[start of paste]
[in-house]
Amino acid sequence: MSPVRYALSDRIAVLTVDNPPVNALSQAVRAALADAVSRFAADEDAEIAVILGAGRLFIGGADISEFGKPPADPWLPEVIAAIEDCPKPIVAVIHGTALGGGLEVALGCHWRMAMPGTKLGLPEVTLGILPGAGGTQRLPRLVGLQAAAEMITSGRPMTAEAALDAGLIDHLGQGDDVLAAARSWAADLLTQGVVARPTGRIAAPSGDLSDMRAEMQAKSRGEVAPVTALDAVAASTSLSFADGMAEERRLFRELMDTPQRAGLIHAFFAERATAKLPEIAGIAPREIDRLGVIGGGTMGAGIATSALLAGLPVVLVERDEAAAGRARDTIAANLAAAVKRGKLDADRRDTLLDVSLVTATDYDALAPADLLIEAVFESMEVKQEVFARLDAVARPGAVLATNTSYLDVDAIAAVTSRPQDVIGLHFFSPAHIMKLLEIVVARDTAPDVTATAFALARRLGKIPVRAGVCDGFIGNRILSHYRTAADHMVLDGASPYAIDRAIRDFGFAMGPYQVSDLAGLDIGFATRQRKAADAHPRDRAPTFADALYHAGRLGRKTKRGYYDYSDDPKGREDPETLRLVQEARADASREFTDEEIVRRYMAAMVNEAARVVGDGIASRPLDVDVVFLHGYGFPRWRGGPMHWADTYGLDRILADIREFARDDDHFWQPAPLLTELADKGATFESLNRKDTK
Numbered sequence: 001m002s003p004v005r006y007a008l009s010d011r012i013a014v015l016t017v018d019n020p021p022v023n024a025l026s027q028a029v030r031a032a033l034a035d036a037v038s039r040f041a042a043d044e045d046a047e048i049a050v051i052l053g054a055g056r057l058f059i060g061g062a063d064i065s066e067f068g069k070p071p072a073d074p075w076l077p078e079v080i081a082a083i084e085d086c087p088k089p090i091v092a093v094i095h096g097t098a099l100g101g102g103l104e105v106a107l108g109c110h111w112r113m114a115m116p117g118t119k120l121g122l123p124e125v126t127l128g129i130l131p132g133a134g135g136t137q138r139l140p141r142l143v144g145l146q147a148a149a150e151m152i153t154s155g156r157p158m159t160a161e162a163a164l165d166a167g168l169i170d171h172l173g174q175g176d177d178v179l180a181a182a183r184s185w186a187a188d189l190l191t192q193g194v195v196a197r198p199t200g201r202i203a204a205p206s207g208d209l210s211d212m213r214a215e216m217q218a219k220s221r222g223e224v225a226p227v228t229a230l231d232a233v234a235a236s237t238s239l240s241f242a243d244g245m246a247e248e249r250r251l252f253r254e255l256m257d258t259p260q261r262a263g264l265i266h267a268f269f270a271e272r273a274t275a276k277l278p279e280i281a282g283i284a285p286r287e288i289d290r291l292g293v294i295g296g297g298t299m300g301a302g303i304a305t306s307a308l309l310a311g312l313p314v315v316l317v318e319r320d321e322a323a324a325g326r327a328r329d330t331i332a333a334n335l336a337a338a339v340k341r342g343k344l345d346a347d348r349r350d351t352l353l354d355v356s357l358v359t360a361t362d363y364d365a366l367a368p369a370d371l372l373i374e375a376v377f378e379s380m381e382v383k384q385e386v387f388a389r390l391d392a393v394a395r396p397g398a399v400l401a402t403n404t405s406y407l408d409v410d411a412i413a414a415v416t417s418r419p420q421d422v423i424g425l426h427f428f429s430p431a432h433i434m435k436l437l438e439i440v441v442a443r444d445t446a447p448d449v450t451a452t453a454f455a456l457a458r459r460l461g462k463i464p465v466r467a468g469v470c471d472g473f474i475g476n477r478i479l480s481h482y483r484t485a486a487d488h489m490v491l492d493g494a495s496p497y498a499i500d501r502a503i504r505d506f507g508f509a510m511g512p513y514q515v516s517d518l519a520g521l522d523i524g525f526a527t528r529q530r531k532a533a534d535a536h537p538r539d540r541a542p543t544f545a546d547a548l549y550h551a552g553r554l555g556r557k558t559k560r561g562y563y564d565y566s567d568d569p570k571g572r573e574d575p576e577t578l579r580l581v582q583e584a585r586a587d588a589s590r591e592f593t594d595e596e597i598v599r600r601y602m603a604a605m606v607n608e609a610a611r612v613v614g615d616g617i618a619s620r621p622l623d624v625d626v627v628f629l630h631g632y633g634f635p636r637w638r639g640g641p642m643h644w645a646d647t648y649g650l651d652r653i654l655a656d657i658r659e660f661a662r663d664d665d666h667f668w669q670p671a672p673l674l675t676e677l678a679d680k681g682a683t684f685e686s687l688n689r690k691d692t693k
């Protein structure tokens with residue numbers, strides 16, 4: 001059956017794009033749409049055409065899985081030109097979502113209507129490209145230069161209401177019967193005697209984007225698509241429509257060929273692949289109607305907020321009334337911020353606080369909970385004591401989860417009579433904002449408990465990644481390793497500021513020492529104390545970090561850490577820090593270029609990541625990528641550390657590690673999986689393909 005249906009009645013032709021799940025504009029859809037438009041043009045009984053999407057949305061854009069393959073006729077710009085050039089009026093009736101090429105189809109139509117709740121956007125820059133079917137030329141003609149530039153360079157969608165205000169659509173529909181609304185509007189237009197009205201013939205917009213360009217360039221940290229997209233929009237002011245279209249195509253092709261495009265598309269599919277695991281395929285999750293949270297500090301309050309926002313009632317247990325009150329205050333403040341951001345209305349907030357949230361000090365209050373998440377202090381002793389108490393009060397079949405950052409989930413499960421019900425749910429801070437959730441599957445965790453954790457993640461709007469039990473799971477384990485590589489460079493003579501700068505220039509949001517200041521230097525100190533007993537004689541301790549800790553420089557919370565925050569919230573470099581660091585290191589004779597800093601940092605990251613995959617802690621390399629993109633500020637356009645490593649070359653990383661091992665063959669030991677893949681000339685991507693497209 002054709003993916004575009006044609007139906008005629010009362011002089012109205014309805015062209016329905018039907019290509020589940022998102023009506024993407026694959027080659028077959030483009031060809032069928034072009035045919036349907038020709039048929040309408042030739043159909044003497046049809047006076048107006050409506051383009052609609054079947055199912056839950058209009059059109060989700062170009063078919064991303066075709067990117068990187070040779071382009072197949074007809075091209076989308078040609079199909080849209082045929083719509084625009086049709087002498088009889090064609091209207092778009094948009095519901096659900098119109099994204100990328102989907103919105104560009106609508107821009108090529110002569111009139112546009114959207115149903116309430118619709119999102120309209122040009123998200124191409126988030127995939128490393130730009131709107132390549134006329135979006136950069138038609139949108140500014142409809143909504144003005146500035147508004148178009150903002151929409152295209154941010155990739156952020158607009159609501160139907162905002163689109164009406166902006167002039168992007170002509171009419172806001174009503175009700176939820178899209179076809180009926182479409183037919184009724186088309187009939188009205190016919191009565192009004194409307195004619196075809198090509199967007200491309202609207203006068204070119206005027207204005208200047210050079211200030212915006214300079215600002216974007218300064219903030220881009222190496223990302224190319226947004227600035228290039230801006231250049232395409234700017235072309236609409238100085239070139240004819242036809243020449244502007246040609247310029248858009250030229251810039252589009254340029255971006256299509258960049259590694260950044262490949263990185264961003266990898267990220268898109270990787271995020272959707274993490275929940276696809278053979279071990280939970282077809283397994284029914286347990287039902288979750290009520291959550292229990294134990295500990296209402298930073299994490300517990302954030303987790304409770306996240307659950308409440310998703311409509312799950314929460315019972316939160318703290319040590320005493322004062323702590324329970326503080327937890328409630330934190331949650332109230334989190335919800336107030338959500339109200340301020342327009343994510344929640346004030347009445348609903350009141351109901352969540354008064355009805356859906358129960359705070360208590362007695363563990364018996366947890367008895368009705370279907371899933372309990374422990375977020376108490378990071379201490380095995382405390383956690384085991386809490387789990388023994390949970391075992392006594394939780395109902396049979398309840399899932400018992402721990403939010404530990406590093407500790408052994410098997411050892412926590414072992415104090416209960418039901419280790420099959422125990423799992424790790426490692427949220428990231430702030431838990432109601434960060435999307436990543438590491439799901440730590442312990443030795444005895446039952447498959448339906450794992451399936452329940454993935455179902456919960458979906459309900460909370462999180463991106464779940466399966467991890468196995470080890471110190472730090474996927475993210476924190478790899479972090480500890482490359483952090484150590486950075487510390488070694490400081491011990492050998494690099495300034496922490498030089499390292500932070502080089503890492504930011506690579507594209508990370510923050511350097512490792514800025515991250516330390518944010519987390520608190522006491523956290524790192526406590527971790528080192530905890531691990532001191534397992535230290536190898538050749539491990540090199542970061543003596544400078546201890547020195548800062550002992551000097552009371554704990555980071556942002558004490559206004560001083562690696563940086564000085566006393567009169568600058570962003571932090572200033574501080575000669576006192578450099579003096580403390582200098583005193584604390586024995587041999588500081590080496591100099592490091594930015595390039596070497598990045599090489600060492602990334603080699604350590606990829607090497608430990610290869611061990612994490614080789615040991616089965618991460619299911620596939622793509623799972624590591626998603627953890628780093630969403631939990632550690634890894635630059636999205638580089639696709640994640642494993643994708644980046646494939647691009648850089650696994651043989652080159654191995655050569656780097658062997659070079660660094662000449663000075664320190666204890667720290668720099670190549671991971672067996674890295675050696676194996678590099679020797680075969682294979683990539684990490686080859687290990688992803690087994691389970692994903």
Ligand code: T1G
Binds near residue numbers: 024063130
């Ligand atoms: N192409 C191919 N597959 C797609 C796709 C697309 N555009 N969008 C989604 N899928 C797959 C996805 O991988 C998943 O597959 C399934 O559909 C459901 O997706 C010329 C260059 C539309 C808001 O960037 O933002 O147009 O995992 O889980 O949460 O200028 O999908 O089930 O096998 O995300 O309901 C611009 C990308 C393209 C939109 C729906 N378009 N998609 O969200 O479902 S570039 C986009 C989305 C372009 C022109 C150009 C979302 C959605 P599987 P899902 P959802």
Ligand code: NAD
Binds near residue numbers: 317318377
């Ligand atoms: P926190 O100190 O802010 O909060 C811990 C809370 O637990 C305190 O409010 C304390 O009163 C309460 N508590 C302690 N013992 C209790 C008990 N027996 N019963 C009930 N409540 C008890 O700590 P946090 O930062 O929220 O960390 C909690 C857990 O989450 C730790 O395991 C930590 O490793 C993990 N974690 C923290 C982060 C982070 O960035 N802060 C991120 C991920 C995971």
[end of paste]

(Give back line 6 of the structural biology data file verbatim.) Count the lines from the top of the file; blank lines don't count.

Binds near residue numbers: 024063130